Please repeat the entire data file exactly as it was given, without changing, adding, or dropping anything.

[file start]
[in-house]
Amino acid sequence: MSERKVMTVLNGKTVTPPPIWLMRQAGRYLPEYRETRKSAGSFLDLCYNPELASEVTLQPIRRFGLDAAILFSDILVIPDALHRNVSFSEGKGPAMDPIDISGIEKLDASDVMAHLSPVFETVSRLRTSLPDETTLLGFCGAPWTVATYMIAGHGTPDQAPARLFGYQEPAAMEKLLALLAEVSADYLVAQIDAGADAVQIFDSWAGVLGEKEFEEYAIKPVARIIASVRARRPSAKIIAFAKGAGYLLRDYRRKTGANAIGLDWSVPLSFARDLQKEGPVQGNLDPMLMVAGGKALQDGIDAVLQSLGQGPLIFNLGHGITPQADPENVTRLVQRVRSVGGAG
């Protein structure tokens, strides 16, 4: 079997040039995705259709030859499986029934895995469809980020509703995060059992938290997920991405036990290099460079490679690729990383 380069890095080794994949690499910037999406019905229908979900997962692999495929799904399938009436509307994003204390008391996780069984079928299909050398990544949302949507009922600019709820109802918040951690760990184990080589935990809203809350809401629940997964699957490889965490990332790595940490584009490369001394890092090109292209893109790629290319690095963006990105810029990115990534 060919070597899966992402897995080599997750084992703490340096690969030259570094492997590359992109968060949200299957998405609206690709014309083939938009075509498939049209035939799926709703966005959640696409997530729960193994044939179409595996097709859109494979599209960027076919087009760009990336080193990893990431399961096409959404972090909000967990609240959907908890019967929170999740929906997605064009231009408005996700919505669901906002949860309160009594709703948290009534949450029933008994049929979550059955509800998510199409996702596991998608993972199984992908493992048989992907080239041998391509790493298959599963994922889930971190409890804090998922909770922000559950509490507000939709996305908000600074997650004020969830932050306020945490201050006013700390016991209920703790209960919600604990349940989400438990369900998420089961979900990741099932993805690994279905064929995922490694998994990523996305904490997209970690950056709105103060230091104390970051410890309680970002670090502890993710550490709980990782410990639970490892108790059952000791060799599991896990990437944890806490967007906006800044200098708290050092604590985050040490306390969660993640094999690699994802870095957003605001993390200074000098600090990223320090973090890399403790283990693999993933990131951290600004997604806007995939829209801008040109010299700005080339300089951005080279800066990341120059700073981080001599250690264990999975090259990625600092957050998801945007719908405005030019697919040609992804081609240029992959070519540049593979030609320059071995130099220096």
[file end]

[in-house]
Amino acid sequence: MSERKVMTVLNGKTVTPPPIWLMRQAGRYLPEYRETRKSAGSFLDLCYNPELASEVTLQPIRRFGLDAAILFSDILVIPDALHRNVSFSEGKGPAMDPIDISGIEKLDASDVMAHLSPVFETVSRLRTSLPDETTLLGFCGAPWTVATYMIAGHGTPDQAPARLFGYQEPAAMEKLLALLAEVSADYLVAQIDAGADAVQIFDSWAGVLGEKEFEEYAIKPVARIIASVRARRPSAKIIAFAKGAGYLLRDYRRKTGANAIGLDWSVPLSFARDLQKEGPVQGNLDPMLMVAGGKALQDGIDAVLQSLGQGPLIFNLGHGITPQADPENVTRLVQRVRSVGGAG
């Protein structure tokens, strides 16, 4: 079997040039995705259709030859499986029934895995469809980020509703995060059992938290997920991405036990290099460079490679690729990383 380069890095080794994949690499910037999406019905229908979900997962692999495929799904399938009436509307994003204390008391996780069984079928299909050398990544949302949507009922600019709820109802918040951690760990184990080589935990809203809350809401629940997964699957490889965490990332790595940490584009490369001394890092090109292209893109790629290319690095963006990105810029990115990534 060919070597899966992402897995080599997750084992703490340096690969030259570094492997590359992109968060949200299957998405609206690709014309083939938009075509498939049209035939799926709703966005959640696409997530729960193994044939179409595996097709859109494979599209960027076919087009760009990336080193990893990431399961096409959404972090909000967990609240959907908890019967929170999740929906997605064009231009408005996700919505669901906002949860309160009594709703948290009534949450029933008994049929979550059955509800998510199409996702596991998608993972199984992908493992048989992907080239041998391509790493298959599963994922889930971190409890804090998922909770922000559950509490507000939709996305908000600074997650004020969830932050306020945490201050006013700390016991209920703790209960919600604990349940989400438990369900998420089961979900990741099932993805690994279905064929995922490694998994990523996305904490997209970690950056709105103060230091104390970051410890309680970002670090502890993710550490709980990782410990639970490892108790059952000791060799599991896990990437944890806490967007906006800044200098708290050092604590985050040490306390969660993640094999690699994802870095957003605001993390200074000098600090990223320090973090890399403790283990693999993933990131951290600004997604806007995939829209801008040109010299700005080339300089951005080279800066990341120059700073981080001599250690264990999975090259990625600092957050998801945007719908405005030019697919040609992804081609240029992959070519540049593979030609320059071995130099220096």